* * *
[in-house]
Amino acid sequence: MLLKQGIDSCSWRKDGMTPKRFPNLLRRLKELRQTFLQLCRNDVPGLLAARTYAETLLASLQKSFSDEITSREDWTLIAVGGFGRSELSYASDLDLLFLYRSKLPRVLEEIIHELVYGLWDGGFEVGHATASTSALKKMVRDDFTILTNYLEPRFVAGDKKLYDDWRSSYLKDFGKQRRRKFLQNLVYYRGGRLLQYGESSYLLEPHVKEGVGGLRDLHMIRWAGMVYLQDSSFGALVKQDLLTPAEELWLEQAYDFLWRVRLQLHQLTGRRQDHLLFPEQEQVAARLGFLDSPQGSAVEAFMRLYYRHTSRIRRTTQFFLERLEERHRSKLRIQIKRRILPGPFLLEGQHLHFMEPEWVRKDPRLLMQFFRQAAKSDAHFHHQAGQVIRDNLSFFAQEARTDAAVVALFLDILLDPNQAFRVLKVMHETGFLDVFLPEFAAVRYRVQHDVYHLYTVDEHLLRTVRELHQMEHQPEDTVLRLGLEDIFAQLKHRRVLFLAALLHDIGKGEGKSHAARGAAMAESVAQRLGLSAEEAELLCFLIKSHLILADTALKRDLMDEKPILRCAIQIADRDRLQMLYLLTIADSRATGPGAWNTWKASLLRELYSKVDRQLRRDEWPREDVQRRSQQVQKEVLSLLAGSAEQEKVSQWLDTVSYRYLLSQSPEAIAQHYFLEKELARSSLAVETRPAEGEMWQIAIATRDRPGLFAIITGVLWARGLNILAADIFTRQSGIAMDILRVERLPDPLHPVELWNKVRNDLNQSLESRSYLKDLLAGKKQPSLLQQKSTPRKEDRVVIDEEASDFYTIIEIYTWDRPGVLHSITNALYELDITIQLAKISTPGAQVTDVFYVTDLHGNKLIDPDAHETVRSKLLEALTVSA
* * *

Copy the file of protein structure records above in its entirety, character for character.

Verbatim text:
[in-house]
Amino acid sequence: MLLKQGIDSCSWRKDGMTPKRFPNLLRRLKELRQTFLQLCRNDVPGLLAARTYAETLLASLQKSFSDEITSREDWTLIAVGGFGRSELSYASDLDLLFLYRSKLPRVLEEIIHELVYGLWDGGFEVGHATASTSALKKMVRDDFTILTNYLEPRFVAGDKKLYDDWRSSYLKDFGKQRRRKFLQNLVYYRGGRLLQYGESSYLLEPHVKEGVGGLRDLHMIRWAGMVYLQDSSFGALVKQDLLTPAEELWLEQAYDFLWRVRLQLHQLTGRRQDHLLFPEQEQVAARLGFLDSPQGSAVEAFMRLYYRHTSRIRRTTQFFLERLEERHRSKLRIQIKRRILPGPFLLEGQHLHFMEPEWVRKDPRLLMQFFRQAAKSDAHFHHQAGQVIRDNLSFFAQEARTDAAVVALFLDILLDPNQAFRVLKVMHETGFLDVFLPEFAAVRYRVQHDVYHLYTVDEHLLRTVRELHQMEHQPEDTVLRLGLEDIFAQLKHRRVLFLAALLHDIGKGEGKSHAARGAAMAESVAQRLGLSAEEAELLCFLIKSHLILADTALKRDLMDEKPILRCAIQIADRDRLQMLYLLTIADSRATGPGAWNTWKASLLRELYSKVDRQLRRDEWPREDVQRRSQQVQKEVLSLLAGSAEQEKVSQWLDTVSYRYLLSQSPEAIAQHYFLEKELARSSLAVETRPAEGEMWQIAIATRDRPGLFAIITGVLWARGLNILAADIFTRQSGIAMDILRVERLPDPLHPVELWNKVRNDLNQSLESRSYLKDLLAGKKQPSLLQQKSTPRKEDRVVIDEEASDFYTIIEIYTWDRPGVLHSITNALYELDITIQLAKISTPGAQVTDVFYVTDLHGNKLIDPDAHETVRSKLLEALTVSA